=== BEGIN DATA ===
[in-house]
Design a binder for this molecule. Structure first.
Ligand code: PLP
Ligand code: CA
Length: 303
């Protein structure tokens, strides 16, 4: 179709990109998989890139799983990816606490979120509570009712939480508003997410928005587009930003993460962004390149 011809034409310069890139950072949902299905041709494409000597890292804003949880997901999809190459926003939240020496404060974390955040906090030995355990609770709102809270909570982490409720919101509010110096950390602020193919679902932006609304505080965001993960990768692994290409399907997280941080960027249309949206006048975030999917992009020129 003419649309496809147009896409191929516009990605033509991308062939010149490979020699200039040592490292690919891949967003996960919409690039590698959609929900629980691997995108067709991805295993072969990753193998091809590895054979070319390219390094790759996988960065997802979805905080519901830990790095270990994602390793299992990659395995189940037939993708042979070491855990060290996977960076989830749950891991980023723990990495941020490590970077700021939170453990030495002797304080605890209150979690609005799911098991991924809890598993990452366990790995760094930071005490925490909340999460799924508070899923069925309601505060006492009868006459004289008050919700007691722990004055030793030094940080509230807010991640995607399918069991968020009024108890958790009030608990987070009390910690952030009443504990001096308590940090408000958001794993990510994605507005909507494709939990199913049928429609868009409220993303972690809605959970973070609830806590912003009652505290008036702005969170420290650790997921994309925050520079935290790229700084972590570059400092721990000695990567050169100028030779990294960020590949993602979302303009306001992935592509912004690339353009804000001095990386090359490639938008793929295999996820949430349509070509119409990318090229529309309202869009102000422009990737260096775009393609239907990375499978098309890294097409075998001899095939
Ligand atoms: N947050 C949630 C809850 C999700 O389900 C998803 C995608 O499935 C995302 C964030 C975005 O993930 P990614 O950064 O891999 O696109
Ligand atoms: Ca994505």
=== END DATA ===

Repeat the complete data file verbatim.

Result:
[in-house]
Design a binder for this molecule. Structure first.
Ligand code: PLP
Ligand code: CA
Length: 303
């Protein structure tokens, strides 16, 4: 179709990109998989890139799983990816606490979120509570009712939480508003997410928005587009930003993460962004390149 011809034409310069890139950072949902299905041709494409000597890292804003949880997901999809190459926003939240020496404060974390955040906090030995355990609770709102809270909570982490409720919101509010110096950390602020193919679902932006609304505080965001993960990768692994290409399907997280941080960027249309949206006048975030999917992009020129 003419649309496809147009896409191929516009990605033509991308062939010149490979020699200039040592490292690919891949967003996960919409690039590698959609929900629980691997995108067709991805295993072969990753193998091809590895054979070319390219390094790759996988960065997802979805905080519901830990790095270990994602390793299992990659395995189940037939993708042979070491855990060290996977960076989830749950891991980023723990990495941020490590970077700021939170453990030495002797304080605890209150979690609005799911098991991924809890598993990452366990790995760094930071005490925490909340999460799924508070899923069925309601505060006492009868006459004289008050919700007691722990004055030793030094940080509230807010991640995607399918069991968020009024108890958790009030608990987070009390910690952030009443504990001096308590940090408000958001794993990510994605507005909507494709939990199913049928429609868009409220993303972690809605959970973070609830806590912003009652505290008036702005969170420290650790997921994309925050520079935290790229700084972590570059400092721990000695990567050169100028030779990294960020590949993602979302303009306001992935592509912004690339353009804000001095990386090359490639938008793929295999996820949430349509070509119409990318090229529309309202869009102000422009990737260096775009393609239907990375499978098309890294097409075998001899095939
Ligand atoms: N947050 C949630 C809850 C999700 O389900 C998803 C995608 O499935 C995302 C964030 C975005 O993930 P990614 O950064 O891999 O696109
Ligand atoms: Ca994505």